In her keynote address Sept. 22, 2022, to the 17th National Convention of the Forum of Religious for Justice and Peace, Apostolic Carmel Sr. Maria Nirmalini, the president of the Conference of Religious of India, said, "Many congregations for that matter are pretty limited in [their] thinking and perhaps even stuck with institutions as mere administrators."

Pope Francis, in his apostolic letter for the Year of Consecrated Life, said that "the apostolic effectiveness of consecrated life does not depend on the efficiency of its methods. It depends on the eloquence of your lives." This brings us closer to what Jesus told the young man, "If you want to be perfect, go and sell all you possess. … Then come, follow me" (Matthew 19:21).

While I was guiding a discernment retreat for a small group of sisters in California, they shared their innovative approaches to the present crisis of homelessness and immigrants. Since there are very few vocations to their community, their innovative response to the crisis was to move into a small apartment and build houses on their huge property for low-income families. They made a deal with the builders, to build a maximum number of houses with minimal ecological destruction. I witnessed their vision: Sharing what we are and what we have with the poor and needy. And there are other examples.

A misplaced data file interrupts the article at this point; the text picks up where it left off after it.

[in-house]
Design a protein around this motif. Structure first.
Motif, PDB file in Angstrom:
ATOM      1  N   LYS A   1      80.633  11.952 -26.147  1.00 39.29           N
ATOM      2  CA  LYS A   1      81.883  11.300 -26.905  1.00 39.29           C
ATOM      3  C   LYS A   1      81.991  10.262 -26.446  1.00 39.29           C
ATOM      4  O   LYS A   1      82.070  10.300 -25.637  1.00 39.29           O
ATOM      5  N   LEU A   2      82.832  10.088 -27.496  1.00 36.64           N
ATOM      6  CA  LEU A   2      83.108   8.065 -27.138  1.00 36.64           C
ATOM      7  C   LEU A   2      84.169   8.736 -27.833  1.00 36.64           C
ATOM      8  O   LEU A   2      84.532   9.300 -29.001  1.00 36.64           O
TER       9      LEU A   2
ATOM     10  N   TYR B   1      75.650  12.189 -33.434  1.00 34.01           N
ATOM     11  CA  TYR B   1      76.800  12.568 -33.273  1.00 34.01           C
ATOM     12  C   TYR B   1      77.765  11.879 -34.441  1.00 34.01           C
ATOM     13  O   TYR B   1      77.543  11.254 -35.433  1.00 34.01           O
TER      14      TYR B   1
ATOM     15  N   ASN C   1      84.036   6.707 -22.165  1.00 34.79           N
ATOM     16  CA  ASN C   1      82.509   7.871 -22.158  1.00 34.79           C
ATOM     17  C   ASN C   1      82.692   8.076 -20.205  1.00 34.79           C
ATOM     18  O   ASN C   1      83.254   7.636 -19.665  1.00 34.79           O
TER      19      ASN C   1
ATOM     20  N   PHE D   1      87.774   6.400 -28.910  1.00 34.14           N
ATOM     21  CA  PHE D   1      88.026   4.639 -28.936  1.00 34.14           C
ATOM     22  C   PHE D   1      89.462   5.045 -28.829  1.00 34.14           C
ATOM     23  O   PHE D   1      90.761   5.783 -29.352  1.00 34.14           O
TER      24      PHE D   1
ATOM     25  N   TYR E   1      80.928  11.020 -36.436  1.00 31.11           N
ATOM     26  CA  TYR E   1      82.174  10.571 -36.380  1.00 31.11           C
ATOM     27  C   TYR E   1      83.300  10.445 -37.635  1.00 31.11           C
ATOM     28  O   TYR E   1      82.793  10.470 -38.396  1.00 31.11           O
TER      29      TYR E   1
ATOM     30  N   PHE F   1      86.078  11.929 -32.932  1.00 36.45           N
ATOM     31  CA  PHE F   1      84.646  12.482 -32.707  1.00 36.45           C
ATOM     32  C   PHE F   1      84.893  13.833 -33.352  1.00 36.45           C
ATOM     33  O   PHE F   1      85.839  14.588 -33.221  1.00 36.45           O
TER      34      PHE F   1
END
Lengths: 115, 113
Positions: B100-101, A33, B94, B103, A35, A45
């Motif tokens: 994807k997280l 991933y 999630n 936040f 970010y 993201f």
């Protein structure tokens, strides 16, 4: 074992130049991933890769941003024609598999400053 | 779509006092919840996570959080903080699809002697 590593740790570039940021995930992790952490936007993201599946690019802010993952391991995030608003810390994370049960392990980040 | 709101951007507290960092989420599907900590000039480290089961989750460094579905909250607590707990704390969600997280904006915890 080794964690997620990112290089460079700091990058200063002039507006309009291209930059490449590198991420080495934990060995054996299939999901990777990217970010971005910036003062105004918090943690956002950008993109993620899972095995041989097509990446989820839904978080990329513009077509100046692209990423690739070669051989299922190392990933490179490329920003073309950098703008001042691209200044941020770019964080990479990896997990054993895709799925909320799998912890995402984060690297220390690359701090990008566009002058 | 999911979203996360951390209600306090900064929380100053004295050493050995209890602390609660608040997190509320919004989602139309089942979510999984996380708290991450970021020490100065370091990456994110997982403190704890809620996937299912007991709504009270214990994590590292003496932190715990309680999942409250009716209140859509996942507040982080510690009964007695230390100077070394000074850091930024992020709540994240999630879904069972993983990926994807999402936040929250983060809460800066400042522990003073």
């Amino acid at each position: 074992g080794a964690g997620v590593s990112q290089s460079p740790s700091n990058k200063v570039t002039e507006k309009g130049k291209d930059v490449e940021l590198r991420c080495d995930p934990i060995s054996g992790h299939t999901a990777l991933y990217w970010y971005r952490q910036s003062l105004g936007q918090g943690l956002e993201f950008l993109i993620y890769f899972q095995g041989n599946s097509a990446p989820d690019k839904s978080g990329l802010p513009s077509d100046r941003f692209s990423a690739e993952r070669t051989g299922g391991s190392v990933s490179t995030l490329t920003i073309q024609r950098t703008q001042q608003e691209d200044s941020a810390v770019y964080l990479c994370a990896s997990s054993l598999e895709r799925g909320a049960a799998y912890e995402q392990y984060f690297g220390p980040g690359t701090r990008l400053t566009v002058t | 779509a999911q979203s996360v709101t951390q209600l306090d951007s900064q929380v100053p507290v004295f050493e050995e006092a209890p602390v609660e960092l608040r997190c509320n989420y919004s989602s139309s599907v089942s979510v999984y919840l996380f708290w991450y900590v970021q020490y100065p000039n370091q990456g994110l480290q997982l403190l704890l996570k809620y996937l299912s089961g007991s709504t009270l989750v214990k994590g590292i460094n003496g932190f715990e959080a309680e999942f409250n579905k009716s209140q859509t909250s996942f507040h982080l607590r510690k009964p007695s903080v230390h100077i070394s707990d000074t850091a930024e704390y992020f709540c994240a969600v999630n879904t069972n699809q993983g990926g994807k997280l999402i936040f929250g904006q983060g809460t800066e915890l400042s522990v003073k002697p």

Our digitally driven world has given rise to cosmic consciousness, expanding our sense of God beyond the confines of religious places of worship. The interconnected world — with an explosion of digital creativity and technical knowledge — brings creative dimensions to evangelization without requiring institutions like convents and seminaries. People from every caste, creed and religion have found ways of coming together and feeding the hungry, clothing the naked and sheltering the homeless.

I have seen many young adults all over the world dedicating their lives for humanitarian acts of service, besides doing their regular jobs and looking after their families. Can we call them consecrated religious?

The digital era invites us to prepare ourselves with profound inner transformation, becoming active social change agents on behalf of the poor, who are socially and politically exploited and marginalized. 

Is this a time to stop advocating my community vs. your community, my congregation vs. your congregation, my religion vs. your religion, and foster a new identity of inclusiveness and coming back to our "Common Home"?

May there be new sudden springs of consecrated religious life for the digital era.